Crazy and curved both inside and out, this seashell shaped home was made of a combination of concrete and found materials, both inorganic but also natural (and relevant) ones including local seashells and regional coral.
Instead of corners, each curve flows fluidly into the next to make for a series of experiential spaces that mimic the infinitude of the fractals that form them. Best of all, it is perfectly sited on the beach of a remote southern island – surrounded by similar shapes.
The one thing that is not surprising about this house may be the person who inhabits it: yes, it was designed by and for artist Octavio Ocampo along with his brother Eduardo Ocampo.
The tension between ‘art’ and ‘design’ is palpable – some aspects (like the spiked roof) are purely ornamental and artistic, while others (including a second-story deck in the ‘opening’ of the ‘shell’) seem to be functional as structures and spaces.
Swirling stacks of mixed stone form curved fences that reflect the organic nature of the main ‘shell house’ buildings and curvalinear window openings. Perhaps the only unfortunate parts of the design are the doors and windows, which are forced to conform to the curves around them but ultimately contain straightened elements that clash with the overall fluid forms.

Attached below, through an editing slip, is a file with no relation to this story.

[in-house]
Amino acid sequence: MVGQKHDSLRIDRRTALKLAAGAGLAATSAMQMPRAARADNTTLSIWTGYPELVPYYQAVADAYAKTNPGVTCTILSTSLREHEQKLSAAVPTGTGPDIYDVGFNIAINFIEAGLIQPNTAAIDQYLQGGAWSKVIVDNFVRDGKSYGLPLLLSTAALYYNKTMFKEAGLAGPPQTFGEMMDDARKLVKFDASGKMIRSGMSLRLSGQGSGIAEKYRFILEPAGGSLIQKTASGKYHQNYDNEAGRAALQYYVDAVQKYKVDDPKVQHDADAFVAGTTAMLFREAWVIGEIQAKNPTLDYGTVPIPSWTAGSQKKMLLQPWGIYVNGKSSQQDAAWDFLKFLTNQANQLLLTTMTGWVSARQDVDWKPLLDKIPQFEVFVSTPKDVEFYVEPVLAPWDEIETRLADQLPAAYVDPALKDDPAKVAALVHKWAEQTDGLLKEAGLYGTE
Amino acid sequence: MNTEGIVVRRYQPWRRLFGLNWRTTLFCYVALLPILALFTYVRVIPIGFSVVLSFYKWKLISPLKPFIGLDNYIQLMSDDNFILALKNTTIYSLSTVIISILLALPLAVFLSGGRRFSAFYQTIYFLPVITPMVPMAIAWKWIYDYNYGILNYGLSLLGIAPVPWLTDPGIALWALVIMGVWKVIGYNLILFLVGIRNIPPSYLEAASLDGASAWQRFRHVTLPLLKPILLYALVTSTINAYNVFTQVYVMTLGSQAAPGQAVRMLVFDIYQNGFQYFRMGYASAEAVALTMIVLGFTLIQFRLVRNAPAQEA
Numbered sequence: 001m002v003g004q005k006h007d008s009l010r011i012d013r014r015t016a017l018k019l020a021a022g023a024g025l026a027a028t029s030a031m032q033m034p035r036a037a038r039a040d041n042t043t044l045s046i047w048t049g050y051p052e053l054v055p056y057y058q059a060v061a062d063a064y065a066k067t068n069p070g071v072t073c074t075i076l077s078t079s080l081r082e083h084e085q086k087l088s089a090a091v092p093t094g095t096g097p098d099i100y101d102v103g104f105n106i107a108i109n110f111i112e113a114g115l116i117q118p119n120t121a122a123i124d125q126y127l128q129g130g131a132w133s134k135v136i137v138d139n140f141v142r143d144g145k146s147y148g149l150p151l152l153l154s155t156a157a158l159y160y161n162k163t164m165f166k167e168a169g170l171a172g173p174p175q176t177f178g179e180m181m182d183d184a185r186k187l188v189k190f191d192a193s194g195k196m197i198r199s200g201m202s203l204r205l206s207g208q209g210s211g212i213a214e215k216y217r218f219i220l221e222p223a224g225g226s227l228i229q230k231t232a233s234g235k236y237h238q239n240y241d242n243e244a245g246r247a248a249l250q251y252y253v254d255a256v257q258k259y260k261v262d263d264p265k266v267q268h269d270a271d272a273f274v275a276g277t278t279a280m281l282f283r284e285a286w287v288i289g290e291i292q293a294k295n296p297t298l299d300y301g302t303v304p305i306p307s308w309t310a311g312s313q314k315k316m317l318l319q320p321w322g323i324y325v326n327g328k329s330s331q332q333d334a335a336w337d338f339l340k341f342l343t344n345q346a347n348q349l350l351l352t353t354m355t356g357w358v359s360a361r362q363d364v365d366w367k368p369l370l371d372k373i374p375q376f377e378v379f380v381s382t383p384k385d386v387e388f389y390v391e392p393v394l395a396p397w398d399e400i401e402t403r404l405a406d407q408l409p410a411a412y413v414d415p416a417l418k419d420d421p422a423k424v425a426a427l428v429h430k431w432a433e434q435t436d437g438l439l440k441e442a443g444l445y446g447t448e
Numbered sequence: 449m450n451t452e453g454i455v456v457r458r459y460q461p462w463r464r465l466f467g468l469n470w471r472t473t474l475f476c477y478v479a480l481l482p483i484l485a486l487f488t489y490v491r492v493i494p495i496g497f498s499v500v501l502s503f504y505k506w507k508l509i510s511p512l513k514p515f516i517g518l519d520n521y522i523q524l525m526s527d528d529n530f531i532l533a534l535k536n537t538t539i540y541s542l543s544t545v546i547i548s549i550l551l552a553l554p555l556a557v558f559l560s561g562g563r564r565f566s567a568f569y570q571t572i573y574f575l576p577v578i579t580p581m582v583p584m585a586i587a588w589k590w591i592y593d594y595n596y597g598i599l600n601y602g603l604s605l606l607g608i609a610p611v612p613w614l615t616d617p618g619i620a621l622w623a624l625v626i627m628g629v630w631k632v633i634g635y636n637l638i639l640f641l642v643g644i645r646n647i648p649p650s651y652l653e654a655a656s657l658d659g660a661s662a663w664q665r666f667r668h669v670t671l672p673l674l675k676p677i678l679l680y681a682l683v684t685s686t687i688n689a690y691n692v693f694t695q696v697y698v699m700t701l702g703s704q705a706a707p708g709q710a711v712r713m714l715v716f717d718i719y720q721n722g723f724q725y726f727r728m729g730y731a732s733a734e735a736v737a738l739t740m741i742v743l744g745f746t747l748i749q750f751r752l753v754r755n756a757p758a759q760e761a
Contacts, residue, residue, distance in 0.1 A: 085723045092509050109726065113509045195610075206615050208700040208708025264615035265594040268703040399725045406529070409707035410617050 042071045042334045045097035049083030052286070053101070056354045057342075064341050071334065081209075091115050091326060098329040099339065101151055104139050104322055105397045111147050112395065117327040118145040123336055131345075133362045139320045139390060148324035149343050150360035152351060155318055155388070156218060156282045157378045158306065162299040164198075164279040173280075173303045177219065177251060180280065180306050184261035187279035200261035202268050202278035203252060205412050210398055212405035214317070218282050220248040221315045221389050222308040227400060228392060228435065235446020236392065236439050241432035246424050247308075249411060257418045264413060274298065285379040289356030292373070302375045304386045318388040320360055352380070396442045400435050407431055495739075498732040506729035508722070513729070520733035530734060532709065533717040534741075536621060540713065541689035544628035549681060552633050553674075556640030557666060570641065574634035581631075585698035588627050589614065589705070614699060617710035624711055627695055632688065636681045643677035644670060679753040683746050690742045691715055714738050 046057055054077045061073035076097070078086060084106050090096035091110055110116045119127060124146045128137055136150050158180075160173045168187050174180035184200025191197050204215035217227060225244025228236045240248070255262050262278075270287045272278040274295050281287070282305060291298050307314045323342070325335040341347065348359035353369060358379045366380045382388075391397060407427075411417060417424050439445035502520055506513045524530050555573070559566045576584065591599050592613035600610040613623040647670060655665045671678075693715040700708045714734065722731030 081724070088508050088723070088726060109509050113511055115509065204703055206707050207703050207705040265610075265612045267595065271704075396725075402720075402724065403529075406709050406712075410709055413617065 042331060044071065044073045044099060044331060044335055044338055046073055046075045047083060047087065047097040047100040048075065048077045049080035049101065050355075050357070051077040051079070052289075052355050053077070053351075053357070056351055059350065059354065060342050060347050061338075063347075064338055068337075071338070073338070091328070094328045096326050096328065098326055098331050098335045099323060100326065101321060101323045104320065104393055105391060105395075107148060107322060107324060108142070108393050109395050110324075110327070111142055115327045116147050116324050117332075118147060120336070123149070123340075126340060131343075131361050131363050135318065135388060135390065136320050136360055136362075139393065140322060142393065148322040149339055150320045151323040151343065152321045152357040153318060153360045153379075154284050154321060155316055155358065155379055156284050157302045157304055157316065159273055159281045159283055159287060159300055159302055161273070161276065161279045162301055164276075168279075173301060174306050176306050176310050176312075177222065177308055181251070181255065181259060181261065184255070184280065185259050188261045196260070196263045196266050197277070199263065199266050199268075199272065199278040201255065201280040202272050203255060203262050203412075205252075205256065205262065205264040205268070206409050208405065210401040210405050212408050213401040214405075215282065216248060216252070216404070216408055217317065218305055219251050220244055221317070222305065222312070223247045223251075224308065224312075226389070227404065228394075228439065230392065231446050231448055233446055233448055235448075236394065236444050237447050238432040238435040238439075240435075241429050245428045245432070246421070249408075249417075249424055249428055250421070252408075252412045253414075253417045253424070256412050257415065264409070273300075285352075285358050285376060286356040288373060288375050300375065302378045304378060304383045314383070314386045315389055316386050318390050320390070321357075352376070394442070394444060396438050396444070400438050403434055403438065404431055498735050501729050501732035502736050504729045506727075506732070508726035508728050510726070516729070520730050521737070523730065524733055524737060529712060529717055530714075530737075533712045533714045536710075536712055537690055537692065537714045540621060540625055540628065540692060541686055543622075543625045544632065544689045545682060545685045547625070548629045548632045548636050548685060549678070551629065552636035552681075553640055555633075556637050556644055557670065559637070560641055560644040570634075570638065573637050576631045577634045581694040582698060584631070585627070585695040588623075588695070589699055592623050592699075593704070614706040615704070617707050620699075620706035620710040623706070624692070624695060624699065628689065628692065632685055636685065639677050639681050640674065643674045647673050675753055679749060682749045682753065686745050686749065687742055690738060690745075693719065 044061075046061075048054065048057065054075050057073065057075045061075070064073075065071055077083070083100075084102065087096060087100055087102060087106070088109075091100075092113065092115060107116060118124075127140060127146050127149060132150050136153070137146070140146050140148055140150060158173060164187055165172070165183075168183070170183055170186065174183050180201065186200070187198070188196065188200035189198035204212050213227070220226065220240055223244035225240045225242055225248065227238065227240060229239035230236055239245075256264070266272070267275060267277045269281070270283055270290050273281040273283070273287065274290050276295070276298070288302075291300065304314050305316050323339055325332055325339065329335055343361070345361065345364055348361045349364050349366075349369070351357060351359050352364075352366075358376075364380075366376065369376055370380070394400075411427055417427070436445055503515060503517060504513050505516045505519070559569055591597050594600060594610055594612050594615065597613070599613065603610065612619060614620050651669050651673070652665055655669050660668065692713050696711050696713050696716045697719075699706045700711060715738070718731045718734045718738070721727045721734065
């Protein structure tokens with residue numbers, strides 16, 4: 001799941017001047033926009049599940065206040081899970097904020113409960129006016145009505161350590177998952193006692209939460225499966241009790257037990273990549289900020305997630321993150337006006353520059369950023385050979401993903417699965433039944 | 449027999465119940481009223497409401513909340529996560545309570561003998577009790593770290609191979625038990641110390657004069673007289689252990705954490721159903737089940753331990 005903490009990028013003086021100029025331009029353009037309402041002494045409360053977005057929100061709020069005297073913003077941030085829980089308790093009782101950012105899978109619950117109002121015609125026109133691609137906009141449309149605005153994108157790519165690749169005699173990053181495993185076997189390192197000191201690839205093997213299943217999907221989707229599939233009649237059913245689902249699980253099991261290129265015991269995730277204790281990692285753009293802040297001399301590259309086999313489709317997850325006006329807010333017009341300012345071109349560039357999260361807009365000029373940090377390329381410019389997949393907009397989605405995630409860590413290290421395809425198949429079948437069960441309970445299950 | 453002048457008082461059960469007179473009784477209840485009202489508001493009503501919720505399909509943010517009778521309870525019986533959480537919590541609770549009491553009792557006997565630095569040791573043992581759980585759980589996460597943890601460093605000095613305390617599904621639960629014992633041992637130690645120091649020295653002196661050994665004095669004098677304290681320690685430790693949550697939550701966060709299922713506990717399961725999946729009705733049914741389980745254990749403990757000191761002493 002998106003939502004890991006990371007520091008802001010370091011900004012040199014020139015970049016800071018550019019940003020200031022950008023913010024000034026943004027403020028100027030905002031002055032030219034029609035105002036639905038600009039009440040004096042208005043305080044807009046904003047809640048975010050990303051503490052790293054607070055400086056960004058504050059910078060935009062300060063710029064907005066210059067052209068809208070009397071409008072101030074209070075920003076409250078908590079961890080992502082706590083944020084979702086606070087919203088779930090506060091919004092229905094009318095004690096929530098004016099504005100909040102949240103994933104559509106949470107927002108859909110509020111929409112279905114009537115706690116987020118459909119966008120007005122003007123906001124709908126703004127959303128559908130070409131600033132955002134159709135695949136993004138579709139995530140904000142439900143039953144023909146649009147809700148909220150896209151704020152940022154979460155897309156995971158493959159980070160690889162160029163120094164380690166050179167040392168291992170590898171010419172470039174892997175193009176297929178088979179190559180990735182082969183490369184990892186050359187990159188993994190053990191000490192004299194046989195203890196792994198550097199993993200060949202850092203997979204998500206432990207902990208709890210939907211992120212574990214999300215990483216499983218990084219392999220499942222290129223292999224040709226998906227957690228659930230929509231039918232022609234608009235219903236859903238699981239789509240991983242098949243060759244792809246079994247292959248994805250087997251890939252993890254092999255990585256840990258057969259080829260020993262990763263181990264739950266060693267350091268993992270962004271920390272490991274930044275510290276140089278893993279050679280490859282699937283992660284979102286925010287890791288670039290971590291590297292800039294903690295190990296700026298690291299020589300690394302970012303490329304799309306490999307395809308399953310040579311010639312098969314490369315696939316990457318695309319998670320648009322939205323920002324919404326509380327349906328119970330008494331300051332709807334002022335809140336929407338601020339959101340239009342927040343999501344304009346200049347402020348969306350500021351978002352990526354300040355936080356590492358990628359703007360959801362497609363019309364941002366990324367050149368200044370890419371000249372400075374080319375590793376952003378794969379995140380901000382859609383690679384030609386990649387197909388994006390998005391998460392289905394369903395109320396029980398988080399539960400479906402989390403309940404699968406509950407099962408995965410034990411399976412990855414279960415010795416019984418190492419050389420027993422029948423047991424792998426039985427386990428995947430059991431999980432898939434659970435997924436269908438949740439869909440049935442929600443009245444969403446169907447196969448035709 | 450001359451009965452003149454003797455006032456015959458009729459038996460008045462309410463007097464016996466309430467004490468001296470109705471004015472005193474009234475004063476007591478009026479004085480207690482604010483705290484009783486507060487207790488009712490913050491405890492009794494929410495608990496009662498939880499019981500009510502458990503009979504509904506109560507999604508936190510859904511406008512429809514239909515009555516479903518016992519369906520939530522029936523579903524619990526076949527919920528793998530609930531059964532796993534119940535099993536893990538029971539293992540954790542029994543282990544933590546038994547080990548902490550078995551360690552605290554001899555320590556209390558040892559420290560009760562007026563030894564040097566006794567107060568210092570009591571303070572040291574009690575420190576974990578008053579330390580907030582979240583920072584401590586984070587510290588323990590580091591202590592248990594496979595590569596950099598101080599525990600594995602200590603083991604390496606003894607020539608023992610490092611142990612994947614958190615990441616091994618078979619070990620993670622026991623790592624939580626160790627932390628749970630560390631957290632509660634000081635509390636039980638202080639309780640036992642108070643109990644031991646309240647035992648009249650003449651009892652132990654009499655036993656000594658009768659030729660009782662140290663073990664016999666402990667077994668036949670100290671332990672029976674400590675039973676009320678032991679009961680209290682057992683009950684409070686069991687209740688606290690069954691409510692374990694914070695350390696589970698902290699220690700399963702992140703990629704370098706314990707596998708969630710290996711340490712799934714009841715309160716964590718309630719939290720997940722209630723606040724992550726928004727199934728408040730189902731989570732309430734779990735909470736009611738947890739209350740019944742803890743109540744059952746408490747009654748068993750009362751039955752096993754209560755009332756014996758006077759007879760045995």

From Atlas Obscura:
“Construction started in 2001, and took three years to complete. The house is a perfect display of Ocampo’s surrealistic touch meeting summer-home functionality, and adds a unique underwater aesthetic to the neighborhood.”
“The Ocampos’ masterpiece of the sea is as close to the sea snail lifestyle as a human being can get. Of course the Conch House has all the necessary creature comforts, but its origin in the Caribbean is present throughout. Aside from its impressive likening to the conch on its facade, the shell house features much sea-like detailing inside as well. Sinks and faucets are made from coral and shell, and the master bedroom’s headboard is styled like a massive scallop shell. Paintings of mermaids by Octavio Ocampo hang on the walls.”